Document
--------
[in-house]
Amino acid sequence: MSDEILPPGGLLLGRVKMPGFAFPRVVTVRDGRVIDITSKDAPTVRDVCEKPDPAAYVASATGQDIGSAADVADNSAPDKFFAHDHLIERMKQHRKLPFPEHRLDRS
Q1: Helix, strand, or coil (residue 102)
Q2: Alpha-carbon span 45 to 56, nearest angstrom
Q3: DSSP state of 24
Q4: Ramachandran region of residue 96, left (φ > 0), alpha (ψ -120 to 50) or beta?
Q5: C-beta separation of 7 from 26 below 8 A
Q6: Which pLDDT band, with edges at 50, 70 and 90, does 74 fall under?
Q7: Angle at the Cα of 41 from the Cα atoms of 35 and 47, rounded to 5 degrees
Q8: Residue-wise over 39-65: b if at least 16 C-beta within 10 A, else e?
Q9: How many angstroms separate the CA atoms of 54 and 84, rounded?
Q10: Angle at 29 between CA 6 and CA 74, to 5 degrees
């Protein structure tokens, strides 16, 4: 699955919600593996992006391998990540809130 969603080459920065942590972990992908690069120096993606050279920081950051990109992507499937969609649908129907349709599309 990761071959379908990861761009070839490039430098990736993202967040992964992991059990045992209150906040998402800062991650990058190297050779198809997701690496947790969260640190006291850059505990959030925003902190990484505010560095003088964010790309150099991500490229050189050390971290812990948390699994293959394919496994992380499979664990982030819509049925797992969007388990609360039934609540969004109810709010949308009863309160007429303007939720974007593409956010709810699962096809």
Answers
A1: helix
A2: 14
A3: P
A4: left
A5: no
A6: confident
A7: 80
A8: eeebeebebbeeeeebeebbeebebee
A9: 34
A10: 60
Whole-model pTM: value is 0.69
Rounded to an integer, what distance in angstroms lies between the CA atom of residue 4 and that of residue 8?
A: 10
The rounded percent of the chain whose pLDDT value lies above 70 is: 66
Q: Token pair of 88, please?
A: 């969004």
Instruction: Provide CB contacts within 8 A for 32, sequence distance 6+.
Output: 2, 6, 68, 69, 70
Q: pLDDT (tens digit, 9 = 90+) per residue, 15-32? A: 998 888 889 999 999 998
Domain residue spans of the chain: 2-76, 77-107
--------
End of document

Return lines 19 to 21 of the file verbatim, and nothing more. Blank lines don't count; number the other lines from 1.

A5: no
A6: confident
A7: 80